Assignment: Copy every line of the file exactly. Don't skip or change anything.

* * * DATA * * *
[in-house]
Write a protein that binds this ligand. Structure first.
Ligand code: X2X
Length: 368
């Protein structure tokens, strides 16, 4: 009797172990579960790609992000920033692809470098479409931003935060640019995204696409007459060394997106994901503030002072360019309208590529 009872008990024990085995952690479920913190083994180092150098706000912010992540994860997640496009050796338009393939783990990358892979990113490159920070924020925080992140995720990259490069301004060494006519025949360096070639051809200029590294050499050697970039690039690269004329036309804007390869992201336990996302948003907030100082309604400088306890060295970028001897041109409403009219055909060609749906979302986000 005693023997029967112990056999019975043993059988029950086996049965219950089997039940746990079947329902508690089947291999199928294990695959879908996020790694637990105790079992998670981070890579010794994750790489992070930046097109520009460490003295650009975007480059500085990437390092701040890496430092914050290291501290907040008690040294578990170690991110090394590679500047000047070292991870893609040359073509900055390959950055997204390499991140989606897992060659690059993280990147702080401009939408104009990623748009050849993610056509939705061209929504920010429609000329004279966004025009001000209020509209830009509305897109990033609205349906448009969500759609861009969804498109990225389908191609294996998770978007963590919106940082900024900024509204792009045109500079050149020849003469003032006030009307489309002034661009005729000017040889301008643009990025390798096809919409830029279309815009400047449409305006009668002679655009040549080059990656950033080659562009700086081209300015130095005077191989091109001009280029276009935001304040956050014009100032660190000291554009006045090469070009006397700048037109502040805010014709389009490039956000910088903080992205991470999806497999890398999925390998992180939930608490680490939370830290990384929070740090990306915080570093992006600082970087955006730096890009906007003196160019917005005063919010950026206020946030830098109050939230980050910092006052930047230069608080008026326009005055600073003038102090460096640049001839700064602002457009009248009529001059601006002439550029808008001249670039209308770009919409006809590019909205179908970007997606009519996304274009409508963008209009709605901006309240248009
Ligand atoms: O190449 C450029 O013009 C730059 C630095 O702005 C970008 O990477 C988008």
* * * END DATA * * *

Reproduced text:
[in-house]
Write a protein that binds this ligand. Structure first.
Ligand code: X2X
Length: 368
């Protein structure tokens, strides 16, 4: 009797172990579960790609992000920033692809470098479409931003935060640019995204696409007459060394997106994901503030002072360019309208590529 009872008990024990085995952690479920913190083994180092150098706000912010992540994860997640496009050796338009393939783990990358892979990113490159920070924020925080992140995720990259490069301004060494006519025949360096070639051809200029590294050499050697970039690039690269004329036309804007390869992201336990996302948003907030100082309604400088306890060295970028001897041109409403009219055909060609749906979302986000 005693023997029967112990056999019975043993059988029950086996049965219950089997039940746990079947329902508690089947291999199928294990695959879908996020790694637990105790079992998670981070890579010794994750790489992070930046097109520009460490003295650009975007480059500085990437390092701040890496430092914050290291501290907040008690040294578990170690991110090394590679500047000047070292991870893609040359073509900055390959950055997204390499991140989606897992060659690059993280990147702080401009939408104009990623748009050849993610056509939705061209929504920010429609000329004279966004025009001000209020509209830009509305897109990033609205349906448009969500759609861009969804498109990225389908191609294996998770978007963590919106940082900024900024509204792009045109500079050149020849003469003032006030009307489309002034661009005729000017040889301008643009990025390798096809919409830029279309815009400047449409305006009668002679655009040549080059990656950033080659562009700086081209300015130095005077191989091109001009280029276009935001304040956050014009100032660190000291554009006045090469070009006397700048037109502040805010014709389009490039956000910088903080992205991470999806497999890398999925390998992180939930608490680490939370830290990384929070740090990306915080570093992006600082970087955006730096890009906007003196160019917005005063919010950026206020946030830098109050939230980050910092006052930047230069608080008026326009005055600073003038102090460096640049001839700064602002457009009248009529001059601006002439550029808008001249670039209308770009919409006809590019909205179908970007997606009519996304274009409508963008209009709605901006309240248009
Ligand atoms: O190449 C450029 O013009 C730059 C630095 O702005 C970008 O990477 C988008």